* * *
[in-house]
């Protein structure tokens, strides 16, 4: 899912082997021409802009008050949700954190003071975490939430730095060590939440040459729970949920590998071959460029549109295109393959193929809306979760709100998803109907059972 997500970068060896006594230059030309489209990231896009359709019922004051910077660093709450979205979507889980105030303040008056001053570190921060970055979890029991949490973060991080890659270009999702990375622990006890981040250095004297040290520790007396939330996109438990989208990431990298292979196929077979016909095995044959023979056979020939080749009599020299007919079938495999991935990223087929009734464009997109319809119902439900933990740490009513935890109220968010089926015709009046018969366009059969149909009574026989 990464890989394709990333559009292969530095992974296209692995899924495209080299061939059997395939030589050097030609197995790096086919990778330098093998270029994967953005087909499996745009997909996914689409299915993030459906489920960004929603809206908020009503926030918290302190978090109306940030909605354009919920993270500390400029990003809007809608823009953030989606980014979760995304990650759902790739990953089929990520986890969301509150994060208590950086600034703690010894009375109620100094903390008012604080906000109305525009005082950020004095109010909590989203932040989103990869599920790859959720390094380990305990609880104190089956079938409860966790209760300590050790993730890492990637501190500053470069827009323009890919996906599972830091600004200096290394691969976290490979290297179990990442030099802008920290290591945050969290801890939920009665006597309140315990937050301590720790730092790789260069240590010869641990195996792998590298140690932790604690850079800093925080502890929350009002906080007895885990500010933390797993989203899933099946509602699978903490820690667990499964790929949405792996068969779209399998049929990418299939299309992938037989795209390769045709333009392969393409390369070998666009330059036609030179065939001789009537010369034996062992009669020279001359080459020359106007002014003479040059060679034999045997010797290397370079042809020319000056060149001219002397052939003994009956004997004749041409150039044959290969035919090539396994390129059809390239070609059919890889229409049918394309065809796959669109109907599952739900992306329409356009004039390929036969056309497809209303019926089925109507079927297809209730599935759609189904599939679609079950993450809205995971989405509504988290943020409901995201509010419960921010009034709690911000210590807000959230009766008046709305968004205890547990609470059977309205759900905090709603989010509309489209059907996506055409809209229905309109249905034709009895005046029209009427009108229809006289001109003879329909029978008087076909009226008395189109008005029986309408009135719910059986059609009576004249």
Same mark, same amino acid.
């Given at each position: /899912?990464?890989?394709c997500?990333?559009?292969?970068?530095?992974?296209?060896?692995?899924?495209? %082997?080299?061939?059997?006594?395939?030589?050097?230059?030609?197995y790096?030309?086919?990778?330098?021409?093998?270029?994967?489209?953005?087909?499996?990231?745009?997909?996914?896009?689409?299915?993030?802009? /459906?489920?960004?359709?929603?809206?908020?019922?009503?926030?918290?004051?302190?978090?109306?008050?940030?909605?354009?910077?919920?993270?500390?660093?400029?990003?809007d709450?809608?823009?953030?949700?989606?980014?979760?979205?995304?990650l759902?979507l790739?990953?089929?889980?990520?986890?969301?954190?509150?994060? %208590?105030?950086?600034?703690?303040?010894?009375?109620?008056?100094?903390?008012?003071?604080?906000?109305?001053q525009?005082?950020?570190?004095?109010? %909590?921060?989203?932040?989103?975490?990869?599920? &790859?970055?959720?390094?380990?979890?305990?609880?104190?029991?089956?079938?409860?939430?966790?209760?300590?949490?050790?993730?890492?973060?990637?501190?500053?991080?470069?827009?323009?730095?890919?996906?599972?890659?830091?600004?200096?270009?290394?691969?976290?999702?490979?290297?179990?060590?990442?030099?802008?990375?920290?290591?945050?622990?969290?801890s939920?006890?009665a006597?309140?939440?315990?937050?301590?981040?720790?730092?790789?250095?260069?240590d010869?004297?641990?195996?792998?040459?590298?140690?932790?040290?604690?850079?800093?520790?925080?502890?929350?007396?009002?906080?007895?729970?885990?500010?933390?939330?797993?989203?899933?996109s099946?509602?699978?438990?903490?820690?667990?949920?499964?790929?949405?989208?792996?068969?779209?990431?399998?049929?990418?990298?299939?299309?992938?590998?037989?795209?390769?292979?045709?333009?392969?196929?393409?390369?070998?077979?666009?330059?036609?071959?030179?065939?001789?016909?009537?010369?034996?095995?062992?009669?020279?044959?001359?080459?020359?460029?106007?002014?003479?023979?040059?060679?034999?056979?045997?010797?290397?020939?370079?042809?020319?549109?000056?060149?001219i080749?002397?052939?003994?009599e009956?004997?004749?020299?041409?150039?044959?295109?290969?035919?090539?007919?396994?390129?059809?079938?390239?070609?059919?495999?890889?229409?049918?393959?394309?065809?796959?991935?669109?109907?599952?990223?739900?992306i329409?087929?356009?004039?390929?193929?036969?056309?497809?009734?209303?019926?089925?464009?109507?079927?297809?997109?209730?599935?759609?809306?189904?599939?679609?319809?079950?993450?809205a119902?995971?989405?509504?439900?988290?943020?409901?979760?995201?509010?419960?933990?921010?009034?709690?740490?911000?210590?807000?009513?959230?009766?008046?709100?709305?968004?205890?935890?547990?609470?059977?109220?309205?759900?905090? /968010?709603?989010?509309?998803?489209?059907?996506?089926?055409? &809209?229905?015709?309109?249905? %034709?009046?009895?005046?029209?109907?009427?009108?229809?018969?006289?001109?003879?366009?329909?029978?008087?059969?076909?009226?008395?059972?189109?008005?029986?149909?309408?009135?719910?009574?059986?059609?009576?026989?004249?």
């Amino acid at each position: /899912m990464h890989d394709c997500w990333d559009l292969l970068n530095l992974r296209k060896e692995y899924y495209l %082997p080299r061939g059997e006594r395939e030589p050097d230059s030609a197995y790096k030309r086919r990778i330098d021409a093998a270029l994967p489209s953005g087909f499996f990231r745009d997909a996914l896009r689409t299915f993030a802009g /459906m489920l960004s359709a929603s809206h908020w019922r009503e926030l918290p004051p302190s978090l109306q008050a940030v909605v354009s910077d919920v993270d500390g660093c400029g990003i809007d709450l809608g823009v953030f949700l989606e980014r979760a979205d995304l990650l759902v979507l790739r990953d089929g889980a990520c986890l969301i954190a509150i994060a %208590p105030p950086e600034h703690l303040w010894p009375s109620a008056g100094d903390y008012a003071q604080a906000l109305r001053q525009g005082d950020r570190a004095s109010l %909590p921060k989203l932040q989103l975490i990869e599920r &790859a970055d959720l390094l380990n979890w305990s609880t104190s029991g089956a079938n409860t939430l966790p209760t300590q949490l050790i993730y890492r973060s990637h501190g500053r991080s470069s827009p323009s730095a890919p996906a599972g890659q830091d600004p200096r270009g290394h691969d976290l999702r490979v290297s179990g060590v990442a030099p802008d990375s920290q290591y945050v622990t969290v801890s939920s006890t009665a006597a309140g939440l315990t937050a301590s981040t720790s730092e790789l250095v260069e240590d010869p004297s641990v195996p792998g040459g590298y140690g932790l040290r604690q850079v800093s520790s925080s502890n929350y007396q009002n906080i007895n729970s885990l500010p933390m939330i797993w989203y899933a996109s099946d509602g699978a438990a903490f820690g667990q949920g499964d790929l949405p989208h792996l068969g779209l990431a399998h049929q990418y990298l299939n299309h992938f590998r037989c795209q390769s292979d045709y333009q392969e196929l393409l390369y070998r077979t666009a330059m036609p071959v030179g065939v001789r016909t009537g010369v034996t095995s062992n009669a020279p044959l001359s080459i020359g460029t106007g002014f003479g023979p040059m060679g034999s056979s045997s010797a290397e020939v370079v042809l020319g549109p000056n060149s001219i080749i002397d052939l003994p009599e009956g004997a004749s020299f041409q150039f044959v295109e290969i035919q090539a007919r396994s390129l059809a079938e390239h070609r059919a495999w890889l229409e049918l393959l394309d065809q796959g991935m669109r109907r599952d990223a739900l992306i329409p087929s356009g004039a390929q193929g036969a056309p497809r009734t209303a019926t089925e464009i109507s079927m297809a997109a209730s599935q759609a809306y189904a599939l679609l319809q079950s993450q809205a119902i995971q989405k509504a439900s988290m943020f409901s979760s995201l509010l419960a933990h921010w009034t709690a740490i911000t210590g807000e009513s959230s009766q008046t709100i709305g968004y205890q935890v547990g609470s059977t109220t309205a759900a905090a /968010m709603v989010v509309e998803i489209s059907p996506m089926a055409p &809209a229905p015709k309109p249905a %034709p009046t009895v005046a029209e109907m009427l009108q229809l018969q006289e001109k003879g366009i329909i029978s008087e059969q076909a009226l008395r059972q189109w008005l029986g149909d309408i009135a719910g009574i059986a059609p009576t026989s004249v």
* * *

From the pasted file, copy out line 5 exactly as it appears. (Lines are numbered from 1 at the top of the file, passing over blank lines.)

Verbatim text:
């Amino acid at each position: /899912m990464h890989d394709c997500w990333d559009l292969l970068n530095l992974r296209k060896e692995y899924y495209l %082997p080299r061939g059997e006594r395939e030589p050097d230059s030609a197995y790096k030309r086919r990778i330098d021409a093998a270029l994967p489209s953005g087909f499996f990231r745009d997909a996914l896009r689409t299915f993030a802009g /459906m489920l960004s359709a929603s809206h908020w019922r009503e926030l918290p004051p302190s978090l109306q008050a940030v909605v354009s910077d919920v993270d500390g660093c400029g990003i809007d709450l809608g823009v953030f949700l989606e980014r979760a979205d995304l990650l759902v979507l790739r990953d089929g889980a990520c986890l969301i954190a509150i994060a %208590p105030p950086e600034h703690l303040w010894p009375s109620a008056g100094d903390y008012a003071q604080a906000l109305r001053q525009g005082d950020r570190a004095s109010l %909590p921060k989203l932040q989103l975490i990869e599920r &790859a970055d959720l390094l380990n979890w305990s609880t104190s029991g089956a079938n409860t939430l966790p209760t300590q949490l050790i993730y890492r973060s990637h501190g500053r991080s470069s827009p323009s730095a890919p996906a599972g890659q830091d600004p200096r270009g290394h691969d976290l999702r490979v290297s179990g060590v990442a030099p802008d990375s920290q290591y945050v622990t969290v801890s939920s006890t009665a006597a309140g939440l315990t937050a301590s981040t720790s730092e790789l250095v260069e240590d010869p004297s641990v195996p792998g040459g590298y140690g932790l040290r604690q850079v800093s520790s925080s502890n929350y007396q009002n906080i007895n729970s885990l500010p933390m939330i797993w989203y899933a996109s099946d509602g699978a438990a903490f820690g667990q949920g499964d790929l949405p989208h792996l068969g779209l990431a399998h049929q990418y990298l299939n299309h992938f590998r037989c795209q390769s292979d045709y333009q392969e196929l393409l390369y070998r077979t666009a330059m036609p071959v030179g065939v001789r016909t009537g010369v034996t095995s062992n009669a020279p044959l001359s080459i020359g460029t106007g002014f003479g023979p040059m060679g034999s056979s045997s010797a290397e020939v370079v042809l020319g549109p000056n060149s001219i080749i002397d052939l003994p009599e009956g004997a004749s020299f041409q150039f044959v295109e290969i035919q090539a007919r396994s390129l059809a079938e390239h070609r059919a495999w890889l229409e049918l393959l394309d065809q796959g991935m669109r109907r599952d990223a739900l992306i329409p087929s356009g004039a390929q193929g036969a056309p497809r009734t209303a019926t089925e464009i109507s079927m297809a997109a209730s599935q759609a809306y189904a599939l679609l319809q079950s993450q809205a119902i995971q989405k509504a439900s988290m943020f409901s979760s995201l509010l419960a933990h921010w009034t709690a740490i911000t210590g807000e009513s959230s009766q008046t709100i709305g968004y205890q935890v547990g609470s059977t109220t309205a759900a905090a /968010m709603v989010v509309e998803i489209s059907p996506m089926a055409p &809209a229905p015709k309109p249905a %034709p009046t009895v005046a029209e109907m009427l009108q229809l018969q006289e001109k003879g366009i329909i029978s008087e059969q076909a009226l008395r059972q189109w008005l029986g149909d309408i009135a719910g009574i059986a059609p009576t026989s004249v």